Observing stroke recovery in mice may provide guide for humans
- Scientists have observed genes responsible for helping mice recover from strokes.
- This could provide guidance for humans.
- Drugs could be developed to target these specific genes.
Scientists at Stanford Medicine recently observed that some mice recovered from strokes better than others, leading them to wonder whether or not they could find evidence that specific genes played a role in recovery. They did.
The results of the study — which can be read here — describes thirty-three male mice with strokes and seven mice without strokes being charged with balancing on a "horizontal rotating beam" — running out across and back. After the stroke, the mice couldn't do this. Two weeks after the stroke, 25% of the mice were able to recover well enough to run across the length of the beam and back.
Previous research into stroke recovery in mice has noted that sensory deprivation has pushed its brain in a more healthy direction if its whiskers were trimmed; blocking an immune response aids stroke recovery; Ambien can aid in recovery; there's research that talks about a rich, playful environment aiding in a mouse's recovery, which is featured in the video below; and even a grape-rich diet can help improve stroke recovery in mice.
Why look at genetic recovery in mice? "Understanding the genes regulated post-stroke could help us design novel ways to treat patients in the days and weeks after the initial event," Michelle Y. Cheng is quoted as saying.
What was found? "Distinct biological pathways" in the portion of the motor cortex opposite the lesion wrought by the stroke as well as pathways on the same side of lesion-affected cortex. There were 38 genes on the side of the brain impacted by the lesion associated with recovery and 74 genes opposite the lesion that were associated with recovery.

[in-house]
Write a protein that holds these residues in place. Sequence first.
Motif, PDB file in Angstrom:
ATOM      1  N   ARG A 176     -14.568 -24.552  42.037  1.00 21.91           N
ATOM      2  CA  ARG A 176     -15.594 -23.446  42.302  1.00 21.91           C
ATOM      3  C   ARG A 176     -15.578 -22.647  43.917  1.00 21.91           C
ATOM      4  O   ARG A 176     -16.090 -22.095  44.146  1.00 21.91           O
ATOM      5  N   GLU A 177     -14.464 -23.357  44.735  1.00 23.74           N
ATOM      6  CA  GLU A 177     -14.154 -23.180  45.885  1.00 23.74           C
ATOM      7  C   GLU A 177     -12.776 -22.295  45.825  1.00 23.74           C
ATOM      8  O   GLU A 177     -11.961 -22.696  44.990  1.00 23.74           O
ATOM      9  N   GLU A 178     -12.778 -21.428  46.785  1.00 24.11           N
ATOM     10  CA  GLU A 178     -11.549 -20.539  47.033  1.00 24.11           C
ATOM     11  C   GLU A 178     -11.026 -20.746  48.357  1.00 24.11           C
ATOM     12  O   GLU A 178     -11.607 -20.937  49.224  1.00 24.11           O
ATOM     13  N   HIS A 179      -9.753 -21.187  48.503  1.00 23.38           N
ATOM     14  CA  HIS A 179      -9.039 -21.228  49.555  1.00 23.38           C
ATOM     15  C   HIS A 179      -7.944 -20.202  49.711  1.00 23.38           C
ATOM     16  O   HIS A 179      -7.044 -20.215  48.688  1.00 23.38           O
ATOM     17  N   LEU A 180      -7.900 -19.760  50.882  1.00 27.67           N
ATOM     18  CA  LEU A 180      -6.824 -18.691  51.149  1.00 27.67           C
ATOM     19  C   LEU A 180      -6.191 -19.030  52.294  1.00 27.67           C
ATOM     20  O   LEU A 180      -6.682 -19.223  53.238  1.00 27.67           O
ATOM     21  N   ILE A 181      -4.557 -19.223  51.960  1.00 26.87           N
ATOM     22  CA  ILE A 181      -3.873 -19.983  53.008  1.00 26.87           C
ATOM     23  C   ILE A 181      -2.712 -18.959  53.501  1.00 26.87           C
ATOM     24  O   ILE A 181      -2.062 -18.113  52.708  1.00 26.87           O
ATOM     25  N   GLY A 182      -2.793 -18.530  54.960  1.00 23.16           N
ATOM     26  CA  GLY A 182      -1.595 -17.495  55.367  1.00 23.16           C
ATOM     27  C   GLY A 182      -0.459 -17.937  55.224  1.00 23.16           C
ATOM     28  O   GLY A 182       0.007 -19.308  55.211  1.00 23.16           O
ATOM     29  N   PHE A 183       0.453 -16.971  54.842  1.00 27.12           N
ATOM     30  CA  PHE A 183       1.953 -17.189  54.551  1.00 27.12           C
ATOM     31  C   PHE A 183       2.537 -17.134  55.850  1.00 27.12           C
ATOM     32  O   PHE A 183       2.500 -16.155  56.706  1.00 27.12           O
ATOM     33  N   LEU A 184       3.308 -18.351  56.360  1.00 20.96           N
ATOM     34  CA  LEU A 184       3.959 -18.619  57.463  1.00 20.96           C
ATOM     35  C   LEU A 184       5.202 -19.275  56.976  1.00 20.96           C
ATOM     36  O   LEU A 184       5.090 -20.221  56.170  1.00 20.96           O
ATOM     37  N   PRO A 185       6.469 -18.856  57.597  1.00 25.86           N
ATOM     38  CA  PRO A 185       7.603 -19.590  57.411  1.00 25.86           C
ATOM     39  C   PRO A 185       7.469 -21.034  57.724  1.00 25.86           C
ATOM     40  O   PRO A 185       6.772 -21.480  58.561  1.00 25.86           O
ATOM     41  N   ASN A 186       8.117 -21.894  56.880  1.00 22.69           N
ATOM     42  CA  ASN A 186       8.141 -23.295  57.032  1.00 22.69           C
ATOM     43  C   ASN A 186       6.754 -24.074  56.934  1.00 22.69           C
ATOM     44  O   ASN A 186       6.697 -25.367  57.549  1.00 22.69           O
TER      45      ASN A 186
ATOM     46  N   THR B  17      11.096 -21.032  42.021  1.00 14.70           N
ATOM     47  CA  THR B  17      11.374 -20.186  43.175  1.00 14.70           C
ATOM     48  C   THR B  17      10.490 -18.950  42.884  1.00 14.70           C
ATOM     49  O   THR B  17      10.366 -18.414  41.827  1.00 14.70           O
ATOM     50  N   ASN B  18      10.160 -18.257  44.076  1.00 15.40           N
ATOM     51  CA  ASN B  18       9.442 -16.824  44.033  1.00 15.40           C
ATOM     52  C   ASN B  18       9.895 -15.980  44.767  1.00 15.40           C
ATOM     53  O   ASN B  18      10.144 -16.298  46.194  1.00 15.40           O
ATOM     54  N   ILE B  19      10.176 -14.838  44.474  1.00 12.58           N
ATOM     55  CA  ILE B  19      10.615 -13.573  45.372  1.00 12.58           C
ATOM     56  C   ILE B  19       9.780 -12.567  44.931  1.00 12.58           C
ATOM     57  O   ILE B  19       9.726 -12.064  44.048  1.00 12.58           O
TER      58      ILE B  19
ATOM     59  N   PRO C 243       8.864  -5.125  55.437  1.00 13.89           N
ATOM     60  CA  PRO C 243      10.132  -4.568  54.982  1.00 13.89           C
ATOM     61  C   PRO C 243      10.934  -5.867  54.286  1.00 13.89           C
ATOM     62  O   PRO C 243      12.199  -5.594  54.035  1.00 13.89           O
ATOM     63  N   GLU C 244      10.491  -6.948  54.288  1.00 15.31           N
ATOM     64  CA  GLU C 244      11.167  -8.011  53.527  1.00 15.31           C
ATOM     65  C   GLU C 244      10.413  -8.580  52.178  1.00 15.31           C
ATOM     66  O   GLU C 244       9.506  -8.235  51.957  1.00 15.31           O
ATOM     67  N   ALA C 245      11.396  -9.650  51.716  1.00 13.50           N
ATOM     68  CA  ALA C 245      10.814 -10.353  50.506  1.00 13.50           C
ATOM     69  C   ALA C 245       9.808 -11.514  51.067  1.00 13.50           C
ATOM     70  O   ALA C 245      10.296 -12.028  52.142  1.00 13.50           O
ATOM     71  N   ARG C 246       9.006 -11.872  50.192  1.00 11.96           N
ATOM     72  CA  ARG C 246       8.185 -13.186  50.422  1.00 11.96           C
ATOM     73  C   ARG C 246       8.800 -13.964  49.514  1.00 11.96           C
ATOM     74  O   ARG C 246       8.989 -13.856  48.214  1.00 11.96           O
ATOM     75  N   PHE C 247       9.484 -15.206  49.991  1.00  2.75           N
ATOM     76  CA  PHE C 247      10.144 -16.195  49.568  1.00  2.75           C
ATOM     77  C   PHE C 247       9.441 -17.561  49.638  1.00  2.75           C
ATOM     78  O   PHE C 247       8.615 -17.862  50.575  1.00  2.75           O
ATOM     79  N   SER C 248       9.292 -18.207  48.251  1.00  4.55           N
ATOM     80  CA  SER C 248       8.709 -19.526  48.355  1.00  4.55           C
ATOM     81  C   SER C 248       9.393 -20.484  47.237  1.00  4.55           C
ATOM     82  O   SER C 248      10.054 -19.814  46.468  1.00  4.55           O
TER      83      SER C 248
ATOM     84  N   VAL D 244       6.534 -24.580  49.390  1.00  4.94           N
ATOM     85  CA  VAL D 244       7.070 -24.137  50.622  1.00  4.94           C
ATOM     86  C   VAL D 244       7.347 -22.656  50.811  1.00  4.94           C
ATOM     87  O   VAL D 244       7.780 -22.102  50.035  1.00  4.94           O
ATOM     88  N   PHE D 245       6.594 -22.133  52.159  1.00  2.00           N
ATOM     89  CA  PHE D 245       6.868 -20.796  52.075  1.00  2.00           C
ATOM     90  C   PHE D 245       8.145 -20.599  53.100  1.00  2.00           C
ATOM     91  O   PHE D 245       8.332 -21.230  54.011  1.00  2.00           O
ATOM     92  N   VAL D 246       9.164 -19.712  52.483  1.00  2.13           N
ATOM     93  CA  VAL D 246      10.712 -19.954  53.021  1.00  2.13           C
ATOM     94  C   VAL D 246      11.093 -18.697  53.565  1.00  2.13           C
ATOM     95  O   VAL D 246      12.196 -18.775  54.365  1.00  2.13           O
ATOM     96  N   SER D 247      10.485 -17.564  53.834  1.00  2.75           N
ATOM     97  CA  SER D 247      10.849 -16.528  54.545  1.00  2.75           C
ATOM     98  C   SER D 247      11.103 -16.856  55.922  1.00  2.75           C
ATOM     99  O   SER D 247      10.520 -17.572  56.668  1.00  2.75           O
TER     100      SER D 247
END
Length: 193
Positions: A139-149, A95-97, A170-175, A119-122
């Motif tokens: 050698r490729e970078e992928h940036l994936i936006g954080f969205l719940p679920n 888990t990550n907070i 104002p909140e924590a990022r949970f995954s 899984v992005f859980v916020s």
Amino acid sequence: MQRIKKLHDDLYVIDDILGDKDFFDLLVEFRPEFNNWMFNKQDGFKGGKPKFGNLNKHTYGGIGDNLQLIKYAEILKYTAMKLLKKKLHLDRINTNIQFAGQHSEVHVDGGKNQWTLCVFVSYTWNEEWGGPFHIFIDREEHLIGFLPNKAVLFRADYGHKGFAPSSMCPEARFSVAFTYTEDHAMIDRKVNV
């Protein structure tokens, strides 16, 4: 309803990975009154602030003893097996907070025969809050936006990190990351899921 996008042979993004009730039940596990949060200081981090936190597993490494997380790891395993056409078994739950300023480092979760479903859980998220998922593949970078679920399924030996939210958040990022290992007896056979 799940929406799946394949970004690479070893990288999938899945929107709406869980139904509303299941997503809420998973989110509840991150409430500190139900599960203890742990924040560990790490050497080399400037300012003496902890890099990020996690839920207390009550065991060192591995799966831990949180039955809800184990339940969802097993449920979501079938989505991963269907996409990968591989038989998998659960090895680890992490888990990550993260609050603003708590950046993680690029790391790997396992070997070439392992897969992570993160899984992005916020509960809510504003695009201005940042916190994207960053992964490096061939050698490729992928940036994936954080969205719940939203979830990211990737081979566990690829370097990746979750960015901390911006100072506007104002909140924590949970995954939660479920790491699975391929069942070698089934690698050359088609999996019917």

A majority of these genes are involved with something called cAMP signaling. cAMP signaling detects molecules outside already existing cells and has a role in determining a response.
'cAMP signalling' activates a protein called a protein kinase that modifies other proteins in the body that send signals off somewhere else. Broadly speaking, cAMP signalling also has a role in memory, water absorbed in the kidney, whether or not the heart is relaxed, breaking down fats, and more.
The particular genes involved in cAMP signalling that played a role in stroke recovery for the mice are called adenosine receptor A2A, dopamine receptor D2, and phosphodiesterase 10A. Receptors are protein molecules embedded in cell membranes that respond to external stimuli to transmit information somewhere else. The A2A is often a target of caffeine. It is a protein that is abundant in platelets, lymphocytes, and more. The D2 receptor is typically the target of most antipsychotic drugs. Current research suggests that there might be a link between phosphodiesterase 10A and obesity.
In the case of post-stroke recovery, however, the study notes that activating A2A "signaling within a few hours poststroke can reduce inflammatory cell infiltration after stroke"; that "activation of Drd2 on astrocytes in acute stroke can reduce neuroinflammation"; and that "inhibition of Pde10a may be a promising therapeutic strategy for psychiatric and neurodegenerative diseases."
There are complications — blocking A2A signaling can help against a lesion-induced toxicity; and not only does Drd2 inhibit cAMP communicating with the rest of the body, but "the role of Drd2 in brain repair is also unclear."
Nevertheless, this is research that makes the figurative target of our interest a little clearer and a little sharper, illustrating where medicine can take aim next.
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"They" has taken on a not-so-new meaning lately. This earned it the scrutiny it needed to win.